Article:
Tip Sheet

5 Hybrid Cloud Backup and Disaster Recovery Mistakes to Avoid

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Every company expects to have some of their applications or infrastructure in the cloud by 2021.1 Yet most won’t fully achieve the agility and cost benefits of cloud because the move to hybrid cloud adoption may compound the problem of mass data fragmentation, challenging businesses to gain visibility into all their data across siloed environments. Legacy point products are ill-equipped to support modern data management strategies that include hybrid cloud, particularly hybrid cloud backup and disaster recovery. As a result, teams are trying to force-fit existing solutions and commonly make five big mistakes.

Cloud data security and compliance are a shared responsibility between the cloud provider and the customer. The cloud provider is responsible for high-availability of physical infrastructure (i.e., datacenter, servers, wiring, etc.) while businesses are responsible for access privileges, safeguarding cloud accounts from unauthorized access, encryption, protection of cloud-based data assets, and managing compliance. Organizations need a backup and recovery solution that works seamlessly across multiple environments—datacenter, cloud and edge. The goal is to simplify backup and recovery with a flexible solution that is available as self-managed software, or as backup as a service (BaaS) and should support a variety of data sources from on-premises to cloud-native and SaaSbased workloads.

Complexity doesn’t have to be a by-product of introducing cloud into your IT vision. Yet that’s exactly what happens when you rely on legacy and/or disconnected point products for your on-premises and cloud backup. Why? Because each additional tool adds complexity. A bolt-on cloud gateway alone adds a new hardware expense and management headache when protecting data in virtual machines (VMs), databases, containers, physical servers, and the cloud. Organizations need a modern data management solution that works seamlessly across on-premises and cloud environments. By consolidating management of all your data and apps in one place and utilizing global deduplication search to make things easy to find and restore, businesses can turn backup data into a competitive advantage by enabling it to be analyzed or used for dev/test.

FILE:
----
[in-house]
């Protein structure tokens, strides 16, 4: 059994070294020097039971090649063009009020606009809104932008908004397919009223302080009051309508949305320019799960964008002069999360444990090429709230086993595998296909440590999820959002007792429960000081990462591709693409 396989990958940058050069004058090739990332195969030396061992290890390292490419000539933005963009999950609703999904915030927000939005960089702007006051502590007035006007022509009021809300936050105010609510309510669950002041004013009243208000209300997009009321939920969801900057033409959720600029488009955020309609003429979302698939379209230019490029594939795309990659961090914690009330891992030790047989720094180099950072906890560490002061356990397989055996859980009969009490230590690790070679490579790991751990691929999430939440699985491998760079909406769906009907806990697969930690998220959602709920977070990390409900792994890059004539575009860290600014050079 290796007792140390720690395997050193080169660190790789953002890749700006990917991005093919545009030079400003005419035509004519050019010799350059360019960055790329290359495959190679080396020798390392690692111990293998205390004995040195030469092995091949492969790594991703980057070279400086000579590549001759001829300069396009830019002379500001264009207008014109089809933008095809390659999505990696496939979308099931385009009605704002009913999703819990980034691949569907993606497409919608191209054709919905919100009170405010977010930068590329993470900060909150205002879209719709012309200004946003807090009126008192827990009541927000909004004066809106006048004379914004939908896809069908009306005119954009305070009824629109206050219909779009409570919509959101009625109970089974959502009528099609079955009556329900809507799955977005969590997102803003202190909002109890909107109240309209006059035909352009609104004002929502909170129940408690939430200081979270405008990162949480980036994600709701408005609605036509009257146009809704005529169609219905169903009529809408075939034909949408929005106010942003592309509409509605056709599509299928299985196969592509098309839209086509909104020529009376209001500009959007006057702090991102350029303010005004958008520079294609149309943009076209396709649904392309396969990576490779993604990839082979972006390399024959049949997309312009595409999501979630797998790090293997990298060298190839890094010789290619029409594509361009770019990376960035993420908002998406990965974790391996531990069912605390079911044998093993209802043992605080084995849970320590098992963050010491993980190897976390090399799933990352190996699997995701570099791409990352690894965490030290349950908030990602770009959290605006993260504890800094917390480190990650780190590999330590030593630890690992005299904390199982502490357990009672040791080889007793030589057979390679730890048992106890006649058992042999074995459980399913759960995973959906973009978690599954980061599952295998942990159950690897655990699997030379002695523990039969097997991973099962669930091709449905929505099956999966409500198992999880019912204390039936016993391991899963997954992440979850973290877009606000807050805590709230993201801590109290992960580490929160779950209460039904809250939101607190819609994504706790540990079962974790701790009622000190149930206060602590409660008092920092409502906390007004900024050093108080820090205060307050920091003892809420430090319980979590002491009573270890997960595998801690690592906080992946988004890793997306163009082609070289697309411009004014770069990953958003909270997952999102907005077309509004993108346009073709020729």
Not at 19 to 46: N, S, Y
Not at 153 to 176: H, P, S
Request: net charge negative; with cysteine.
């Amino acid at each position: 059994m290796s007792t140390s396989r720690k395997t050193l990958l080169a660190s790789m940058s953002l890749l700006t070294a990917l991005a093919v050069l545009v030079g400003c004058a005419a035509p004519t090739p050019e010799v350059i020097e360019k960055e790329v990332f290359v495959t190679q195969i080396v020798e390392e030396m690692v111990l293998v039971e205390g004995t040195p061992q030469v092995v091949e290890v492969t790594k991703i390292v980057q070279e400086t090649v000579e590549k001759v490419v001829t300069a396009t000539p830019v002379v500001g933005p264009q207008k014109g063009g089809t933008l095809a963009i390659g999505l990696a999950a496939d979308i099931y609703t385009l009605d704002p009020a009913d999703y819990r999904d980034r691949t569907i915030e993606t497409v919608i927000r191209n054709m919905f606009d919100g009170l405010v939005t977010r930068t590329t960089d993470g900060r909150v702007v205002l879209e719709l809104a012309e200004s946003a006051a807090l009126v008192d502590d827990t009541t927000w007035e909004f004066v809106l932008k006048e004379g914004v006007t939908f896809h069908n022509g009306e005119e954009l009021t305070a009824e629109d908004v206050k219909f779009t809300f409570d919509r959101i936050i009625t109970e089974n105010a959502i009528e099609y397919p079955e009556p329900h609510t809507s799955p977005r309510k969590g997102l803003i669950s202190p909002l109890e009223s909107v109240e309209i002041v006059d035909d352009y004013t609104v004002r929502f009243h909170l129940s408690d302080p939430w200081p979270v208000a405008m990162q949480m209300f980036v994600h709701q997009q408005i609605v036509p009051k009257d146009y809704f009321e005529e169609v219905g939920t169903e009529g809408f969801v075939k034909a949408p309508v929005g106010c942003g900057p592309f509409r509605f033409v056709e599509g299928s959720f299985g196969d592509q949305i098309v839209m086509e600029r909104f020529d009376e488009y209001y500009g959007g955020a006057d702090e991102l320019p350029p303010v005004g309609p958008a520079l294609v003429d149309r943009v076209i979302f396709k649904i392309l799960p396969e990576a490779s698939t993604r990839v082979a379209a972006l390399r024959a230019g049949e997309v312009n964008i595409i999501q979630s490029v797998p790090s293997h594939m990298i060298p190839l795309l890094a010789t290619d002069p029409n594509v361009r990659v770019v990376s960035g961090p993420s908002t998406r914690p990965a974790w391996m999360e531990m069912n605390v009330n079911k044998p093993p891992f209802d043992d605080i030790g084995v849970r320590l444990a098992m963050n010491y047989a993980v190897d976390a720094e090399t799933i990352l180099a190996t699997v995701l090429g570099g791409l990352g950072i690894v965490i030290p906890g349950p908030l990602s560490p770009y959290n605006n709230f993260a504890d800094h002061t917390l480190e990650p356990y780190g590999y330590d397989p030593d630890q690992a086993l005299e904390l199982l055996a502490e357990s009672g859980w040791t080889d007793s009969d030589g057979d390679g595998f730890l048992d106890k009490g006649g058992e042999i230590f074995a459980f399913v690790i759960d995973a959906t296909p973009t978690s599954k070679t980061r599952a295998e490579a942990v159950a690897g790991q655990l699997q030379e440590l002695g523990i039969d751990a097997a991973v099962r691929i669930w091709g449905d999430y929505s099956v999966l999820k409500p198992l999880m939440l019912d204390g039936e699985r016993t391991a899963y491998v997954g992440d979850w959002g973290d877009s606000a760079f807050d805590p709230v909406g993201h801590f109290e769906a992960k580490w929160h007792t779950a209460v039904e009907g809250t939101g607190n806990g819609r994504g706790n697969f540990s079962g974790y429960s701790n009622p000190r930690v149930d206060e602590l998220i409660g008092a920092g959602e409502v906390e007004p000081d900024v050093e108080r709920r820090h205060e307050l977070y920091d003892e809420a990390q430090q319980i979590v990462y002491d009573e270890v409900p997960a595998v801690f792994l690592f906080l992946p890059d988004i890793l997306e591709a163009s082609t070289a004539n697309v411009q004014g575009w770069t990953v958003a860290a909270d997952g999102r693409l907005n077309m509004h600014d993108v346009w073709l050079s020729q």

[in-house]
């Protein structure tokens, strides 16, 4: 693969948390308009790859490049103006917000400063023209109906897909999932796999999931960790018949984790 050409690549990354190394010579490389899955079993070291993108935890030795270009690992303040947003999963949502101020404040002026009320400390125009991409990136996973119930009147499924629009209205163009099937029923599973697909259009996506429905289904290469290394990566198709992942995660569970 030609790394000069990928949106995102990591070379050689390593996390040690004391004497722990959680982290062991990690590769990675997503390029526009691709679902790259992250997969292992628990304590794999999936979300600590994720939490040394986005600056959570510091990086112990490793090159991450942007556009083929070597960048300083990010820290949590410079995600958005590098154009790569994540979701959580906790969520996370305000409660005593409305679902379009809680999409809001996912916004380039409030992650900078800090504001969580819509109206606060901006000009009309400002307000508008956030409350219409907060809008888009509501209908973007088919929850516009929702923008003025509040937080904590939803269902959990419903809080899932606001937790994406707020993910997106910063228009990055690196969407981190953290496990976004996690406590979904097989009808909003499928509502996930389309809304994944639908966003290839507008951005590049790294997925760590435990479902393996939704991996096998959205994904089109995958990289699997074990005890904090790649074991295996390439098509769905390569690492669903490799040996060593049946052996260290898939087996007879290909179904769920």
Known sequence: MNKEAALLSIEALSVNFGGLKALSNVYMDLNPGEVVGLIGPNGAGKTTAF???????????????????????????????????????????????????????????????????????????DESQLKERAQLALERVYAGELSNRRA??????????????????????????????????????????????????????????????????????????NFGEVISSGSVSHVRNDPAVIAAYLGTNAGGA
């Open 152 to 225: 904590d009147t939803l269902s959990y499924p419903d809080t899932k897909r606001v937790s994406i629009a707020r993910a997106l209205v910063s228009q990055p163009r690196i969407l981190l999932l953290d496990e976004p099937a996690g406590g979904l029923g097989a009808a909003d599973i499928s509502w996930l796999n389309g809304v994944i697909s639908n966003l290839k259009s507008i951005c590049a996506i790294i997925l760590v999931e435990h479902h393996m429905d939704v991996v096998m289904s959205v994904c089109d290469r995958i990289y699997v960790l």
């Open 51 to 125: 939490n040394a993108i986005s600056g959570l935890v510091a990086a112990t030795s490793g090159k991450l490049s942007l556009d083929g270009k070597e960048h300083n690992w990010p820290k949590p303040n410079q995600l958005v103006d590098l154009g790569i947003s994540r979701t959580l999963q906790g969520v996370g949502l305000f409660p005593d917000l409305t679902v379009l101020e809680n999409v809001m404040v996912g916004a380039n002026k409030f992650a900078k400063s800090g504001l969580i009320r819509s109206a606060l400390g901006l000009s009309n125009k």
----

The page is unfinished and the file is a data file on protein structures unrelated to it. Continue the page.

In an on-premises environment, snapshots—a quick copy of data—are commonly stored on the same hardware device or storage array. In cloud deployments, snapshots may be in different tiers, but always in the same region or datacenter. As your organization moves workloads to the cloud, managing snapshots across multiple cloud users, accounts, and providers is extremely challenging. So is protecting hundreds or thousands of VMs or storage volumes from growing silos. To combat these challenges, organizations need a solution with a unified policy-based data management and global search that lets you easily manage snapshots across multiple accounts, clouds, and environments and ensures backup copies can be moved and made safe from tampering in another location.